Lo-fi rockers Wavves and Cloud Nothing’s combine diverse influences on new record

Matt Robertson

Cloud Nothings frontman Dylan Baldi and Wavves lead singer Nathan Williams didn’t record their latest album, No Life For Me, to produce hit singles or follow a cohesive sound — and listeners looking for either are sure to be disappointed.

The album, released Monday, is the product of two of the biggest names to come from the lo-fi punk crowd in years. Since 2000 and 2008, respectively, Baldi and Williams have grown from one-man projects recording in their homes to full-fledged touring bands.

But No Life For Me harkens to the pair’s olden days, having recorded the album at Williams’ home in two sessions.

 

With the lo-fi production values and variety of styles showcased on this album, the two approached the album in a more organic fashion. It plays as an evolution of their earlier work, a direction they may have gone if they were still making music alone without label guidance.

Audiences’ reception of this project will depend entirely on their expectations. The album shouldn’t be viewed as something polished and designed to sell but as a statement about the type of music Baldi and Williams want to be making at this point in their careers.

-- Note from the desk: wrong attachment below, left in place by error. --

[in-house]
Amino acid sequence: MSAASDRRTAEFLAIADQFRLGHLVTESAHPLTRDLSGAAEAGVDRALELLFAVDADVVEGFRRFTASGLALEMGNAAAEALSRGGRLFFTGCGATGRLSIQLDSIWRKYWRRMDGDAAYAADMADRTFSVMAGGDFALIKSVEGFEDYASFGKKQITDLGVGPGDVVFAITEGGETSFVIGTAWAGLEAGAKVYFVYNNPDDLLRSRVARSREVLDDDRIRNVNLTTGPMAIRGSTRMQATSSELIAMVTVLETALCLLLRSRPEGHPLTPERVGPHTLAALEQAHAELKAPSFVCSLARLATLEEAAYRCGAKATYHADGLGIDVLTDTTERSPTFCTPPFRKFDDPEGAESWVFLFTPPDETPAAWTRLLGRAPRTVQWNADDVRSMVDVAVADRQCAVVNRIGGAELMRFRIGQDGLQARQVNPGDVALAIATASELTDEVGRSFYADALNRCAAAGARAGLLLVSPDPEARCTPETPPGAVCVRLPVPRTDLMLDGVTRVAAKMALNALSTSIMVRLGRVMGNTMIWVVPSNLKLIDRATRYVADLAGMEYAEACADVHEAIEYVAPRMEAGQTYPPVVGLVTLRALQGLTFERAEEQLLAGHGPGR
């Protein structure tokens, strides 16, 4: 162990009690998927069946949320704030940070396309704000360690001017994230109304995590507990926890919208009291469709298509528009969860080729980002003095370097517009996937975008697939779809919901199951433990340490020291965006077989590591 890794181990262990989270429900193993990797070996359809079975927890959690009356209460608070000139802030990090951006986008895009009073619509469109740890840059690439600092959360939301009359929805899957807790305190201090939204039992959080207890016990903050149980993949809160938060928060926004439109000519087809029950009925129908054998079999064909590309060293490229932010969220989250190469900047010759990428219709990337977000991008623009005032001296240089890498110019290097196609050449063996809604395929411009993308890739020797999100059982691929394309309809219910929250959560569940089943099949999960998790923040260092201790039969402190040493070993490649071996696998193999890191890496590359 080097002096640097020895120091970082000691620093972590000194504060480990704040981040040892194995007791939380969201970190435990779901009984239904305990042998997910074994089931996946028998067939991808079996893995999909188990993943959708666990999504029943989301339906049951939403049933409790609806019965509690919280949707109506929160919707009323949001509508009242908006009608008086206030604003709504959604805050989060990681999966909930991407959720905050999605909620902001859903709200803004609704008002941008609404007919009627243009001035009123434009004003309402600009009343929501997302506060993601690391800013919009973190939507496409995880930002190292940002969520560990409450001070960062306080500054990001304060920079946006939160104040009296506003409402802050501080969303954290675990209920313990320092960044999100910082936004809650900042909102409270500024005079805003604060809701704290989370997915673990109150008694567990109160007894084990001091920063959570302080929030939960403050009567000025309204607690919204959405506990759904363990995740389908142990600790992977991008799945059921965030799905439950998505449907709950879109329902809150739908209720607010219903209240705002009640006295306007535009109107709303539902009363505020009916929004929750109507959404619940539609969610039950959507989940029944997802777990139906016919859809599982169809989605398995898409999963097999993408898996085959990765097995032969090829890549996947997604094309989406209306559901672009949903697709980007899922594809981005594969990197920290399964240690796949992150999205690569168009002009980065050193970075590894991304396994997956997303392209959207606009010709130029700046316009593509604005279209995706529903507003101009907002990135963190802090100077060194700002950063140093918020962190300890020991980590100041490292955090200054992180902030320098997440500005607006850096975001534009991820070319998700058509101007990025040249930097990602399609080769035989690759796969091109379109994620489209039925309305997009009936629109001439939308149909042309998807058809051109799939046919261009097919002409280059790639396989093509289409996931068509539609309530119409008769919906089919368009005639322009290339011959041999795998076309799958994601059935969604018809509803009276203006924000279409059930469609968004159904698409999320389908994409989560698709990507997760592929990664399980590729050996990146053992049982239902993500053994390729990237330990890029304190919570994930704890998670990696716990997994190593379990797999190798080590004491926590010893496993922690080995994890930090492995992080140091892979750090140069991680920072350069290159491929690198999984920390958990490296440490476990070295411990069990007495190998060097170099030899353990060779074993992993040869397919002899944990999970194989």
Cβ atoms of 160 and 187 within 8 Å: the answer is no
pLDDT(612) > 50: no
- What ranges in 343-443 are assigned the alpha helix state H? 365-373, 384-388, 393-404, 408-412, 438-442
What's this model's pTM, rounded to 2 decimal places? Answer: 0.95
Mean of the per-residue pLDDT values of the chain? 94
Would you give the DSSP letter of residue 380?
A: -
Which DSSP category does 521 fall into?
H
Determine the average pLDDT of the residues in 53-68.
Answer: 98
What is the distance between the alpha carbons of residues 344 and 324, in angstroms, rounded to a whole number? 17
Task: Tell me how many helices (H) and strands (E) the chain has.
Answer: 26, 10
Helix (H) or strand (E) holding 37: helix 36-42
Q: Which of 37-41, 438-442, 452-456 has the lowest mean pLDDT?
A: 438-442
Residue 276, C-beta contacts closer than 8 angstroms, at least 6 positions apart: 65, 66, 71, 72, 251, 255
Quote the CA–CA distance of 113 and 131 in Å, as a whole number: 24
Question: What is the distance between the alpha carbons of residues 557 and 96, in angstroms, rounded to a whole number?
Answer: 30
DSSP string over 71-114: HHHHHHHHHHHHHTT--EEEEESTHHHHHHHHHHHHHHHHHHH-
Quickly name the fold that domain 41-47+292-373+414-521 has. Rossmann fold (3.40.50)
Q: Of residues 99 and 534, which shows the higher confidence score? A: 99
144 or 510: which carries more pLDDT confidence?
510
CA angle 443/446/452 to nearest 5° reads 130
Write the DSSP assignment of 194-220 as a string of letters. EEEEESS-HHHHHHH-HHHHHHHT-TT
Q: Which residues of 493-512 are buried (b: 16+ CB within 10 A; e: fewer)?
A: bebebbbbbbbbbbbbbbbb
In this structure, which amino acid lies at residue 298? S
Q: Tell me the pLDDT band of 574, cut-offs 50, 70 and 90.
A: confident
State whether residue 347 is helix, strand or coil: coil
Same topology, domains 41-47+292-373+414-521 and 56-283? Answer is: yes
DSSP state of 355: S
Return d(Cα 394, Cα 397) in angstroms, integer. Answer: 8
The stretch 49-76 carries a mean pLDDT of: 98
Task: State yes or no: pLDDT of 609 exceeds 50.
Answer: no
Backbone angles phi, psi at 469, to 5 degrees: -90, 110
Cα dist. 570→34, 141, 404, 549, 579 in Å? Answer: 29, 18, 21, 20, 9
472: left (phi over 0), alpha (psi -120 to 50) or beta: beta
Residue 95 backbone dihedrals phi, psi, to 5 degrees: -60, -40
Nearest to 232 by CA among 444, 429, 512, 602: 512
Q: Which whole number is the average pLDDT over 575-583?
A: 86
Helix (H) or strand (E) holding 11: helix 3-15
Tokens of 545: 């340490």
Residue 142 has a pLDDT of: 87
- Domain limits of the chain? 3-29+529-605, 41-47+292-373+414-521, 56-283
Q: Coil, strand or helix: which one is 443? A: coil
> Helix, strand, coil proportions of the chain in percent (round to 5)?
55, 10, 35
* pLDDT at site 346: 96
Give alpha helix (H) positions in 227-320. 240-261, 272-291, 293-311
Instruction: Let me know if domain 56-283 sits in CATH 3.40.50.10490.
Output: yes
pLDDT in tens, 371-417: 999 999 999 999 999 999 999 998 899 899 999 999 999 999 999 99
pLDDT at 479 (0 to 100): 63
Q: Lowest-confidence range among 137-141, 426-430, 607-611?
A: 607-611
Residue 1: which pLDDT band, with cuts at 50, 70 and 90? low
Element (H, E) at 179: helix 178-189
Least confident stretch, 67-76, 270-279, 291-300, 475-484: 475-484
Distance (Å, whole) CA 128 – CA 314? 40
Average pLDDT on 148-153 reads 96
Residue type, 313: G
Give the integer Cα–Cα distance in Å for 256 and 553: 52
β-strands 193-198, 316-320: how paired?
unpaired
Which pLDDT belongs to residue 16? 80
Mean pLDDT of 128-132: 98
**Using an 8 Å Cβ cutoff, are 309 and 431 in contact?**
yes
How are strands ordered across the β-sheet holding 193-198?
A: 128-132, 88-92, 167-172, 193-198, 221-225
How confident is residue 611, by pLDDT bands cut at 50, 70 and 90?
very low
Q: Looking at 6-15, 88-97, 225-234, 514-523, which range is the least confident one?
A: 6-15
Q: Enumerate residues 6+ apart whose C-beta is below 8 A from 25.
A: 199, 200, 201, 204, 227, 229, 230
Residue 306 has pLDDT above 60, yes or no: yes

In an interview with Pitchfork, Baldi said "Over-thinking is the most dangerous thing for me. If I start with something very simple and build on that, the result is much more true to myself. And being true and real is the most important thing to me."

This isn’t an album they made with a calling, but just a record  made by friends who wanted to create music that encompassed their influences ranging from punk to goth to surf. At times, this makes for songs that are upbeat and inspired, but can leave listeners searching for a solid perspective.

All tracks on the album were co-written by Williams and Baldi, except for the closing pair, which they took as a chance to make their individual statements. The Williams-penned “Such a Drag” lacks the lyrical depth of Baldi’s work but uses Williams’ nihilistic slacker attitude to make one of the more entertaining tracks on the record. The song is reminiscent of his most recent solo album, Afraid of Heights, and will likely be a fan favorite.

Baldi’s heavily emo-influenced closer, “Nothing Hurts,” is a short but important track, providing a sincerity that isn’t found elsewhere on the record. It balances out Williams’ tendency to veer toward the immature and ends the otherwise brash album on a calm, introspective note.

Only one song succeeds in combining the two artist’s sound into a unified effort; “Come Down” takes Baldi’s knack for catchy lyricism and combines it with Williams’ bedroom experimentation to create the most memorable song on the album.

In contrast, the album’s fourth track, “Hard to Find,“ is a low point, sounding less like two artists left alone to create their best work and more like friends aimlessly jamming in their parents garage.

Although this album doesn’t shy away from experimentation, listeners without an affinity for either artist will likely find the record too convoluted and directionless to be appreciated.

But listening through, it's easy to realize that Baldi and Williams didn’t make No Life For Me to gain new fans or sell records, but rather, they made it purely for themselves.

Album: No Life For Me

Artists: Wavves/Cloud Nothings

Tracks: 9

Rating: 7/10